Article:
Conceived by Ludwig Mies van der Rohe as a “campus in a park,” the grounds were designed by Alfred Caldwell in the 1940s. The modernist design at Illinois Institute of Technology invokes a solid-void pattern, where the solids (buildings) are symmetrically ordered around a central axis (33rd Street). The voids (green spaces between buildings) flow into one another. This theme of flow is continued in the transparent nature of the glass and steel buildings, which create a continuous vista around the campus. Trees with delicate leaves (such as honey locusts) were planted and limbed up, and shrubs were planted sparingly to enhance transparency of the ground plane at eye level.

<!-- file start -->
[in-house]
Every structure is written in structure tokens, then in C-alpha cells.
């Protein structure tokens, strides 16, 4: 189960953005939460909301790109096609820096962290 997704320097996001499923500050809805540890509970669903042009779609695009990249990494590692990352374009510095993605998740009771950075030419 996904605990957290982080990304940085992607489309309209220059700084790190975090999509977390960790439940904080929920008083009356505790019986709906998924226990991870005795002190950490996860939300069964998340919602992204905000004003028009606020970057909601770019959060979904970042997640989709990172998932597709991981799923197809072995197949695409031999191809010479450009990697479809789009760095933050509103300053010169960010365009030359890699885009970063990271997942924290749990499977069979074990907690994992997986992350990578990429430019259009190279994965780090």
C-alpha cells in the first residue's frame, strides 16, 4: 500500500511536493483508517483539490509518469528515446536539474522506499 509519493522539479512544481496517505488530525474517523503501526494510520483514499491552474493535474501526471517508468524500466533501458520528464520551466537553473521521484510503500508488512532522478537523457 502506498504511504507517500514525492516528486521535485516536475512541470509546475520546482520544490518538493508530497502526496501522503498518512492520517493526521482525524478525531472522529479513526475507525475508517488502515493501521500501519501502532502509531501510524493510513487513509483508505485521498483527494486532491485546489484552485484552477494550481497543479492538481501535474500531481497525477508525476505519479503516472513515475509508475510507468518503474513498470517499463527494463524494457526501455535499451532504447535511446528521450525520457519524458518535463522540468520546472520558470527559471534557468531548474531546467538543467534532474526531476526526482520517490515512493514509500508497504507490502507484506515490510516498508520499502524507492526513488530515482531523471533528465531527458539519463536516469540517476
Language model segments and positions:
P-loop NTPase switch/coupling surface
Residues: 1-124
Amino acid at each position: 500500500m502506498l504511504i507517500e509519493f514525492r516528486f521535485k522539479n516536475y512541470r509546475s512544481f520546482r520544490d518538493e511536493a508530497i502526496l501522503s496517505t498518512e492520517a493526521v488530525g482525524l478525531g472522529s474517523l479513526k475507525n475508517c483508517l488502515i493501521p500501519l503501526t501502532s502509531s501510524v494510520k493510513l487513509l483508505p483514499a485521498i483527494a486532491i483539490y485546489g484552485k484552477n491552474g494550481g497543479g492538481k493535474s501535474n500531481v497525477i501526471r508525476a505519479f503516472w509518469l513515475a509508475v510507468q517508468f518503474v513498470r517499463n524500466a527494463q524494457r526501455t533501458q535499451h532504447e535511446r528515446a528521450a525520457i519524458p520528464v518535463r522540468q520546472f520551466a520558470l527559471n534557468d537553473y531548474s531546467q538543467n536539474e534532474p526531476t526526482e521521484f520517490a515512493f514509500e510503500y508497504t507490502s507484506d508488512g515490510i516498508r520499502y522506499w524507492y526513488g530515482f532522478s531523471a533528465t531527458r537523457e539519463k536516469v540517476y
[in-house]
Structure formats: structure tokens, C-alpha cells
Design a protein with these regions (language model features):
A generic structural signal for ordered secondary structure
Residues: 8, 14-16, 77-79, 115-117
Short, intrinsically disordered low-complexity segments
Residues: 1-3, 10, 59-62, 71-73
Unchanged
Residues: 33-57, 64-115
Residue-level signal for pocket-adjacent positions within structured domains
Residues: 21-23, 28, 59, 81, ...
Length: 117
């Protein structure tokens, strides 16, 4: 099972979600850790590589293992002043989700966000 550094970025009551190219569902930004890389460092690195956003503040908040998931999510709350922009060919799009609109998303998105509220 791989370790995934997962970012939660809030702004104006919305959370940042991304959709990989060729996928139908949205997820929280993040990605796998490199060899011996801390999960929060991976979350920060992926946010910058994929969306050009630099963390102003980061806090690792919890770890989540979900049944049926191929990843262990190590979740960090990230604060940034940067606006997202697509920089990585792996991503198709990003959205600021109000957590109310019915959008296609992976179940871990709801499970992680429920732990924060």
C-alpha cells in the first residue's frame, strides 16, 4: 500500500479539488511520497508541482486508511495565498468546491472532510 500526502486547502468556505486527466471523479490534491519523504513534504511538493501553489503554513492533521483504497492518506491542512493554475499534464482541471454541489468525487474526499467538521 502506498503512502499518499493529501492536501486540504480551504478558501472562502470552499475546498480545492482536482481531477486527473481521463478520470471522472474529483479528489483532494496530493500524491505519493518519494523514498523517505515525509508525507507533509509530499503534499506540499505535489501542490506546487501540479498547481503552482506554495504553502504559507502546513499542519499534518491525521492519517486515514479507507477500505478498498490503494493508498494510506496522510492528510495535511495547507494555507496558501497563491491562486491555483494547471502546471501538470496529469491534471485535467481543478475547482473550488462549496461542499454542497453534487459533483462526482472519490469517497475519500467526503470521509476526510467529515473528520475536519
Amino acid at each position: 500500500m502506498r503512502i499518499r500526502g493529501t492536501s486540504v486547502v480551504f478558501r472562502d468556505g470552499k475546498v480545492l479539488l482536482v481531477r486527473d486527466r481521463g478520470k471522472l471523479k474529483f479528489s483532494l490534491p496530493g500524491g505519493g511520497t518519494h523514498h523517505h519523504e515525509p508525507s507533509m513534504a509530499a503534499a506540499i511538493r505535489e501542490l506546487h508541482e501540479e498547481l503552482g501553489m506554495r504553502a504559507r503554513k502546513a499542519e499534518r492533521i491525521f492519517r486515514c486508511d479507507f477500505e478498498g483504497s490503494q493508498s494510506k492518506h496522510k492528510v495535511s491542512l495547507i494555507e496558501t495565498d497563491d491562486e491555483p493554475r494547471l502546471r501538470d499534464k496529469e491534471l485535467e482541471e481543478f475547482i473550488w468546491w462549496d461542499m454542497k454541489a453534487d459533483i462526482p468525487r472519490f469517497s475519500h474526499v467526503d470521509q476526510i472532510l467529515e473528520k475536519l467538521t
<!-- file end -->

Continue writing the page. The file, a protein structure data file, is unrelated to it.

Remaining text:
In the 1990s, the evolved campus underwent restoration and a new master plan was drafted for the West Campus in 1999. This transformed State Street from a boundary line into a unifying element: on-street parking was removed, the boulevard was enlarged, and leafy catalpas, elms, and ash trees with extensive canopies were planted. Crown Hall Field was graded with sloping lawns for seating and an open center for recreation and play. In 2002, the Pritzker-Galvin Grove and fountain were added to the northeastern corner of the field. The campus was listed in the National Register of Historic Places in 2005.